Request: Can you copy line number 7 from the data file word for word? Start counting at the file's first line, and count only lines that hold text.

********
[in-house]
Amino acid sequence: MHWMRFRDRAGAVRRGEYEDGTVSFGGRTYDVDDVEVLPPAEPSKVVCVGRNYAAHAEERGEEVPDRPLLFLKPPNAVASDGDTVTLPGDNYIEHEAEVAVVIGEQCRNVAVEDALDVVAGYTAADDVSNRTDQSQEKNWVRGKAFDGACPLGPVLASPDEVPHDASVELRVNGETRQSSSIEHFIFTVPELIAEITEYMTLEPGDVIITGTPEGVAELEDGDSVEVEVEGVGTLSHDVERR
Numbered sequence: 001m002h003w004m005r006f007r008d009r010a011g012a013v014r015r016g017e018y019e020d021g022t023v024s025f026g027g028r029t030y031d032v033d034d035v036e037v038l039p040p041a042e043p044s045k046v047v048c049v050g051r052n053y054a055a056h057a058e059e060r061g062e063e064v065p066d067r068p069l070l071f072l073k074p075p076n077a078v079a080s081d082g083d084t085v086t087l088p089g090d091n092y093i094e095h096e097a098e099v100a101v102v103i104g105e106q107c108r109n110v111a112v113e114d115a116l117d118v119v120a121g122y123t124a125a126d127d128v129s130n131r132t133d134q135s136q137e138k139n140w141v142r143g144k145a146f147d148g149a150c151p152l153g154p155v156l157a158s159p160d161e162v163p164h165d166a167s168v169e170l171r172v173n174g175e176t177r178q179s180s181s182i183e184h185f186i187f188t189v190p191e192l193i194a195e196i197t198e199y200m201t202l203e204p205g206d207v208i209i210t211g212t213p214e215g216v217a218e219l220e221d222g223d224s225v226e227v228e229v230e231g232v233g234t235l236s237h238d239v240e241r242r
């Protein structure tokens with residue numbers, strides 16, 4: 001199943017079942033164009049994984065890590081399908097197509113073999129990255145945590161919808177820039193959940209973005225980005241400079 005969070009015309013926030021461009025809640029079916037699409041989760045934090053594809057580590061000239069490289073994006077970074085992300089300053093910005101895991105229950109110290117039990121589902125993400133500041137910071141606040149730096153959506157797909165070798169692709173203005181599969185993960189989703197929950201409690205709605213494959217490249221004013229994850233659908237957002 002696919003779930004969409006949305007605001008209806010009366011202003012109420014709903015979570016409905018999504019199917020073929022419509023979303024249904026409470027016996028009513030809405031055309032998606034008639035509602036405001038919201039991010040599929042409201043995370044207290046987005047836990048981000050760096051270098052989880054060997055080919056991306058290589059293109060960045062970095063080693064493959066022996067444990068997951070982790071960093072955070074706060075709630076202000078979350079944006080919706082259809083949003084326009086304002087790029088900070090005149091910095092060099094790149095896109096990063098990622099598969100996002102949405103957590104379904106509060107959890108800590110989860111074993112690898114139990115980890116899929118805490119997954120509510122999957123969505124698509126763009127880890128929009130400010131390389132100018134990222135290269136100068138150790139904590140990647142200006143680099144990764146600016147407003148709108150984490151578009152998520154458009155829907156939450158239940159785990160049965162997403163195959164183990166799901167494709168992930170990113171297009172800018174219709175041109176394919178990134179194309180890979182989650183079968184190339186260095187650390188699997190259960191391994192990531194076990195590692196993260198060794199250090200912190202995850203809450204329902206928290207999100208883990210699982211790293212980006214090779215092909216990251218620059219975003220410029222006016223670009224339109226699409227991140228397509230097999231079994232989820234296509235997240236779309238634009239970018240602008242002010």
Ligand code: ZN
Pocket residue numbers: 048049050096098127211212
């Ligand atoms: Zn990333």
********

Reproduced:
């Ligand atoms: Zn990333």